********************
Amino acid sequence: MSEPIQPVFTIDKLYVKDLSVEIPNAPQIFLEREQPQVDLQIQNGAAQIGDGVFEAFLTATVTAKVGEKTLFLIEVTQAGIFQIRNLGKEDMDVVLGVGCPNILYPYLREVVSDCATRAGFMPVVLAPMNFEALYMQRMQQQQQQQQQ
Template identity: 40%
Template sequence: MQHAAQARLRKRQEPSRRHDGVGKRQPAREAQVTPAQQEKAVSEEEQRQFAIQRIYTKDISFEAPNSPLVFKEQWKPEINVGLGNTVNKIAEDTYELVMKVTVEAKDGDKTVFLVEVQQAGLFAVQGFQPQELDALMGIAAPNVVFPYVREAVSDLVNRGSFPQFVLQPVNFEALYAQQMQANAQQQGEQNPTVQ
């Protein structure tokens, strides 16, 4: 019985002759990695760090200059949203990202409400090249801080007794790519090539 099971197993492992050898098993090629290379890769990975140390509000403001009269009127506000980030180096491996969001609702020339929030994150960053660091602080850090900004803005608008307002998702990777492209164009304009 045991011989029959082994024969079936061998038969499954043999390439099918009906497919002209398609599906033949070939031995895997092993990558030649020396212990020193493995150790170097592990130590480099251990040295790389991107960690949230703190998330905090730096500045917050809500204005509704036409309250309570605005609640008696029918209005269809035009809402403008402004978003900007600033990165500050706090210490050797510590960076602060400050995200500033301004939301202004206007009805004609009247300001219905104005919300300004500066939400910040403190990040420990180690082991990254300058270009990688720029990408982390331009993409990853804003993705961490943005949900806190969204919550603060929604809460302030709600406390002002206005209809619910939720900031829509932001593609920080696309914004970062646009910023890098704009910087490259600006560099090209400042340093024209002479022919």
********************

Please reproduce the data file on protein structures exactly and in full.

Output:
Amino acid sequence: MSEPIQPVFTIDKLYVKDLSVEIPNAPQIFLEREQPQVDLQIQNGAAQIGDGVFEAFLTATVTAKVGEKTLFLIEVTQAGIFQIRNLGKEDMDVVLGVGCPNILYPYLREVVSDCATRAGFMPVVLAPMNFEALYMQRMQQQQQQQQQ
Template identity: 40%
Template sequence: MQHAAQARLRKRQEPSRRHDGVGKRQPAREAQVTPAQQEKAVSEEEQRQFAIQRIYTKDISFEAPNSPLVFKEQWKPEINVGLGNTVNKIAEDTYELVMKVTVEAKDGDKTVFLVEVQQAGLFAVQGFQPQELDALMGIAAPNVVFPYVREAVSDLVNRGSFPQFVLQPVNFEALYAQQMQANAQQQGEQNPTVQ
């Protein structure tokens, strides 16, 4: 019985002759990695760090200059949203990202409400090249801080007794790519090539 099971197993492992050898098993090629290379890769990975140390509000403001009269009127506000980030180096491996969001609702020339929030994150960053660091602080850090900004803005608008307002998702990777492209164009304009 045991011989029959082994024969079936061998038969499954043999390439099918009906497919002209398609599906033949070939031995895997092993990558030649020396212990020193493995150790170097592990130590480099251990040295790389991107960690949230703190998330905090730096500045917050809500204005509704036409309250309570605005609640008696029918209005269809035009809402403008402004978003900007600033990165500050706090210490050797510590960076602060400050995200500033301004939301202004206007009805004609009247300001219905104005919300300004500066939400910040403190990040420990180690082991990254300058270009990688720029990408982390331009993409990853804003993705961490943005949900806190969204919550603060929604809460302030709600406390002002206005209809619910939720900031829509932001593609920080696309914004970062646009910023890098704009910087490259600006560099090209400042340093024209002479022919």